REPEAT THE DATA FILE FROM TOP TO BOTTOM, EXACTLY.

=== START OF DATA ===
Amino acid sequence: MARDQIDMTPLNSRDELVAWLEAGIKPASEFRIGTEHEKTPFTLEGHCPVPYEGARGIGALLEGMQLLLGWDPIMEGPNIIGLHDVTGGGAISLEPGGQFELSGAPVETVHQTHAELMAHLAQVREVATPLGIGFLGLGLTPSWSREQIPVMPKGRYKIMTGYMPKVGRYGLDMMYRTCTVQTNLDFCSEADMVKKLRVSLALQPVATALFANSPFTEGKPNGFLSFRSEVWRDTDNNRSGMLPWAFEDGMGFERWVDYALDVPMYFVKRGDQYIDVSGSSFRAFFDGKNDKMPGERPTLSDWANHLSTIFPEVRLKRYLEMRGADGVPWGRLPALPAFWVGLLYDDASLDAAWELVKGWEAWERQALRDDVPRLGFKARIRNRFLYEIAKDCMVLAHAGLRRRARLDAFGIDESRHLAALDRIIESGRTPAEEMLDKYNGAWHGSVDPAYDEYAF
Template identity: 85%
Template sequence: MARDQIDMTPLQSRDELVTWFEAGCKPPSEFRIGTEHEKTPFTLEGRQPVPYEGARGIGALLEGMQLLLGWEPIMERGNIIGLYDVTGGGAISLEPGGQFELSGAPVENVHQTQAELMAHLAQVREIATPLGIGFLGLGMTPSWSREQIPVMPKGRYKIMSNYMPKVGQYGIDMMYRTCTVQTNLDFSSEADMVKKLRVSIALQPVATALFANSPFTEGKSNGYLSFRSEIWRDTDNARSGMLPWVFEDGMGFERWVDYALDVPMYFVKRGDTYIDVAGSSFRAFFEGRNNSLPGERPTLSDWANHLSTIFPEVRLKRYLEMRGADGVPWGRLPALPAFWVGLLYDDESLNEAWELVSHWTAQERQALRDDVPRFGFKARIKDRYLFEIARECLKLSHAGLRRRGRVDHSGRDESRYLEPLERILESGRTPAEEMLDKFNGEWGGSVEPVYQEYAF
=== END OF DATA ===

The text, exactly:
Amino acid sequence: MARDQIDMTPLNSRDELVAWLEAGIKPASEFRIGTEHEKTPFTLEGHCPVPYEGARGIGALLEGMQLLLGWDPIMEGPNIIGLHDVTGGGAISLEPGGQFELSGAPVETVHQTHAELMAHLAQVREVATPLGIGFLGLGLTPSWSREQIPVMPKGRYKIMTGYMPKVGRYGLDMMYRTCTVQTNLDFCSEADMVKKLRVSLALQPVATALFANSPFTEGKPNGFLSFRSEVWRDTDNNRSGMLPWAFEDGMGFERWVDYALDVPMYFVKRGDQYIDVSGSSFRAFFDGKNDKMPGERPTLSDWANHLSTIFPEVRLKRYLEMRGADGVPWGRLPALPAFWVGLLYDDASLDAAWELVKGWEAWERQALRDDVPRLGFKARIRNRFLYEIAKDCMVLAHAGLRRRARLDAFGIDESRHLAALDRIIESGRTPAEEMLDKYNGAWHGSVDPAYDEYAF
Template identity: 85%
Template sequence: MARDQIDMTPLQSRDELVTWFEAGCKPPSEFRIGTEHEKTPFTLEGRQPVPYEGARGIGALLEGMQLLLGWEPIMERGNIIGLYDVTGGGAISLEPGGQFELSGAPVENVHQTQAELMAHLAQVREIATPLGIGFLGLGMTPSWSREQIPVMPKGRYKIMSNYMPKVGQYGIDMMYRTCTVQTNLDFSSEADMVKKLRVSIALQPVATALFANSPFTEGKSNGYLSFRSEIWRDTDNARSGMLPWVFEDGMGFERWVDYALDVPMYFVKRGDTYIDVAGSSFRAFFEGRNNSLPGERPTLSDWANHLSTIFPEVRLKRYLEMRGADGVPWGRLPALPAFWVGLLYDDESLNEAWELVSHWTAQERQALRDDVPRFGFKARIKDRYLFEIARECLKLSHAGLRRRGRVDHSGRDESRYLEPLERILESGRTPAEEMLDKFNGEWGGSVEPVYQEYAF